He first brings up the Christian example. He starts by talking about how bad discrimination is and how society should shut it down (which I think we could all agree with him). Then he goes on to talk about how a Christian fought for the right to wear a T-Shirt at school that said “Homosexuality is a sin. Islam is a lie. Abortion is murder.” He suggests that this is an example of Christian discrimination.

I don’t know why I feel the need to make this obvious, but discrimination is an act, not a statement. You can say whatever you want, and not discriminate. It’s when you refuse to do something based on a bias that you’ve actually discriminated. So, if I had a rental property that I was going to rent and I chose to not rent it to a homosexual, THAT would be discrimination. The fact that I confirm that I think homosexual acts are sinful, that is not discrimination.

But going even further, can he not see how preventing people from wearing that shirt is shutting down debate, not increasing it? Sure, he doesn’t like what the other side of the debate says, but it is in fact debate. It’s another example where Dawkins is like all those people who think debate is only allowed on the topics THEY want to debate. On the rest, “the science is settled” and no debate will be allowed.

Then he goes into the example of the 12 Islamic cartoons that created a bunch of controversy 5+ years ago. Muslims burned down Christian Churches, threatened the life of the cartoonists and did all other sorts of thuggery. He’ll get no debate from me that this was unacceptable and the media’s cowardice was troubling.

But the fact that he equates the two examples as if they have anything to do with one another in their cause or that they’re even examples of the same thing, is what is truly troubling.

On to Chapter 2…

3 Responses to “TGD – Chapter 1”

  1. Clint Armstrong Says:

    You entirely missed the point of the boy wearing the offensive T-Shirt.

    “The parents might have had a conscionable case if they had based it on the First Amendment’s guarantee of freedom of speech. But they didn’t: indeed, they couldn’t, because free speech is deemed not to include ‘hate speech’. But hate only has to prove it is religious, and it no longer counts as hate.”

    The problem Dawkins has with this is not it’s controversy, but the legal favoritism given to region. He mentions it along side a Supreme Court ruling that allowed a Church to use hallucinogenic drugs while forbidding it for other citizens. This is the undeserved respect. Religious opinions deserve no more special treatment than any other opinions, and giving them additional legal protection while not allowing the same for non-religious persons is unjust.

  2. Ken Crawford Says:

    Clint, welcome. Feel free to comment on any topic you are interested in.

    I didn’t go down the path you’ve highlighted because I felt Dawkins was trying to say more than that. The fact that he compared it to the Muslim extremists is impossible to ignore in relation to his overall point.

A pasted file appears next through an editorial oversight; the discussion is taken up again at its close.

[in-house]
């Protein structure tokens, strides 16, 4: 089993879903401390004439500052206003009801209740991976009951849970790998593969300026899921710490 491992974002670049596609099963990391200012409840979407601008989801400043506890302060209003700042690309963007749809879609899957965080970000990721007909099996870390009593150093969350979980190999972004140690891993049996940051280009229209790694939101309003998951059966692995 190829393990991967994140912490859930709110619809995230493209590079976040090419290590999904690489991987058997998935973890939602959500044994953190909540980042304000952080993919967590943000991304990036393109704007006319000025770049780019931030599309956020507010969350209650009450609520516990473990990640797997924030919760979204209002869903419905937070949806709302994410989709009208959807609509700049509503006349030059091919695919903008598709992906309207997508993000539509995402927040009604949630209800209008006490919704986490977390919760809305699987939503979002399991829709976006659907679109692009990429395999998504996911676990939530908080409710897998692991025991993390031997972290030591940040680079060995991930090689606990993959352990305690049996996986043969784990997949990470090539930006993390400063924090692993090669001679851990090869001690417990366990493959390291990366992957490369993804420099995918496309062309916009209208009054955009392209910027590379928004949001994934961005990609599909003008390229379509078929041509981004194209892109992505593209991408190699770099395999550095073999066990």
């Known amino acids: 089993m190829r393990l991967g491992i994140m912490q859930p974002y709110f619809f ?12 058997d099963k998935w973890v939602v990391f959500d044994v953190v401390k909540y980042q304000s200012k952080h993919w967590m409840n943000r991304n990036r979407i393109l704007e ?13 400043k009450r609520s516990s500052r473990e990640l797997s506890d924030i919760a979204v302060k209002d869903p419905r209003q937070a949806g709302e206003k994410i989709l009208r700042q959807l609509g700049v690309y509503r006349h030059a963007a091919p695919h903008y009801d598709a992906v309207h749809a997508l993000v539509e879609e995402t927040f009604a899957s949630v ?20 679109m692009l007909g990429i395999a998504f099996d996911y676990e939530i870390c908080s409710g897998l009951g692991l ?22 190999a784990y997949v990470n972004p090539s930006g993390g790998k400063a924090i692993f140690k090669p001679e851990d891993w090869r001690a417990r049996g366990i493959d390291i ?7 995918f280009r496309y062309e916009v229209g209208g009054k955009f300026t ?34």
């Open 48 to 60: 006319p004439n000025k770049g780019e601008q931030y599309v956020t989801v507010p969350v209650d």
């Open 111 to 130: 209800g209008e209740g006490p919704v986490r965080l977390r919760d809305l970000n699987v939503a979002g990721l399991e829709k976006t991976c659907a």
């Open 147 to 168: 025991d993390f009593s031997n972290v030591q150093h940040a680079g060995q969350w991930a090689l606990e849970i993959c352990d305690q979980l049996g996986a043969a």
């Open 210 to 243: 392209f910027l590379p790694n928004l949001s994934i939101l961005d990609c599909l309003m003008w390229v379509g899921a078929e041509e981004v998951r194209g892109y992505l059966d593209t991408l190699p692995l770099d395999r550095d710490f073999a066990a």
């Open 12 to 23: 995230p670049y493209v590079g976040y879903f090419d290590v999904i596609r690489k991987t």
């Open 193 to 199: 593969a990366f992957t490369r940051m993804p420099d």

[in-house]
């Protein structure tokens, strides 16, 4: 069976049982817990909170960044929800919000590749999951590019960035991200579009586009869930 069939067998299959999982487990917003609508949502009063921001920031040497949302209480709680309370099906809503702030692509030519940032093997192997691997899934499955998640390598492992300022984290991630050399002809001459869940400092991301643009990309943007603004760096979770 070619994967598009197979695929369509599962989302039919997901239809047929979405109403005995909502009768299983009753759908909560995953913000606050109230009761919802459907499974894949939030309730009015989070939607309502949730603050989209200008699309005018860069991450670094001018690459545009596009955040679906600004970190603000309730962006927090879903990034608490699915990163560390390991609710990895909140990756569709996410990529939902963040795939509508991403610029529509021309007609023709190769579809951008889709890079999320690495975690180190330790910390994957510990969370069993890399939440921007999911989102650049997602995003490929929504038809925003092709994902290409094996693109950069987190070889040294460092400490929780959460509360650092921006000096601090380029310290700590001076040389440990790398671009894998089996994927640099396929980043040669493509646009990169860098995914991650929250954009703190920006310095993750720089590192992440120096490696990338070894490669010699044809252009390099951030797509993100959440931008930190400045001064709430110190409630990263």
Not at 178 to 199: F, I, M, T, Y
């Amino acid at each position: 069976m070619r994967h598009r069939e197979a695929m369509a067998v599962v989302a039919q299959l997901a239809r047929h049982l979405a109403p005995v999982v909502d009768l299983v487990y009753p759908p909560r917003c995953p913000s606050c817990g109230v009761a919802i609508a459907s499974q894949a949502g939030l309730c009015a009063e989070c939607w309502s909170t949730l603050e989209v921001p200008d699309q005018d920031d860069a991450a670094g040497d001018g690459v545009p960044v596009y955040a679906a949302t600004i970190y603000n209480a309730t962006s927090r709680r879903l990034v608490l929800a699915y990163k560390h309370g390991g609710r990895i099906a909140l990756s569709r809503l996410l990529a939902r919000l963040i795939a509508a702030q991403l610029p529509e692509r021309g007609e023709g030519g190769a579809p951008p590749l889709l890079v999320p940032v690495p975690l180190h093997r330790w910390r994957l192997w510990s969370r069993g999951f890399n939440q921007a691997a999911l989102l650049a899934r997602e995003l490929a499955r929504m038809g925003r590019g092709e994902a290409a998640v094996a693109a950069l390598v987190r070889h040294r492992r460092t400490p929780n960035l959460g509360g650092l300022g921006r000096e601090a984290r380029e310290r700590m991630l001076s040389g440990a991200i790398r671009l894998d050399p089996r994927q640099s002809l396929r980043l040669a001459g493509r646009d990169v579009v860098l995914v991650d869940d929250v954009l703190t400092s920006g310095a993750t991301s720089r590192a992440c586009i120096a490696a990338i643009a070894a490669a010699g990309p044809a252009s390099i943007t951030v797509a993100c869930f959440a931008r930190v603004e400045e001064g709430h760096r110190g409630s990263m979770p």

I completely agree that religion should be given no special privilege with regards to speech. If a religious person can say it, a non-religious person should be able to say it and if that’s all I felt Dawkins was saying I would have agreed with him.

    In defense of that point, it bears noting that I stand against the constitutionality of “hate speech” laws. I don’t know which of the 3 statements on the T-Shirt were most notable in the case, so let’s break down each statement:

    1. Homosexuality is a sin: There’s only two ways to disapprove of it, focus on the word “sin” as a religious discussion, which would fall under freedom of religion, or as “hate speech”. But that can only be “hate speech” if society has rejected the religious views of Christianity, something our government can not do and allow for freedom of religion. So to allow for freedom of religion we must both allow someone to say “Homosexuality is the source of salvation” and another to say “Homosexuality is a sin”.

    2. Islam is a lie: A fully religious statement, I can’t imagine how that could be viewed as anything but covered under freedom of religion

    3. Abortion is murder: I’m not sure who the ‘hate speech’ would be directed at…

    So I’m assuming it was #1 that was the point of contention, and as I’ve shown, freedom of religion, and that includes the freedom to be atheist and write atheist books, requires that it also allow free speech and denouncing other groups that don’t agree with their viewpoint, whether or not someone considers it “hateful”.

    Said yet another way, a world where an atheist saying “Christians are pure evil” is considered “hate speech” would be just as in defiance of freedom of religion as a world that considered “Homosexuality is a sin” “hate speech”.

    The whole concept of “hate speech” is contrary to the 1st amendment both in regards to free speech and freedom of religion. As I’ve shown, the two topics are intrinsically linked (there’s a reason they’re in the same clause of the constitution).

  3. As we forgive those who trespass against us » Blog Archive » Welcome Shea followers! Says:

    […] « TGD – Chapter 1 […]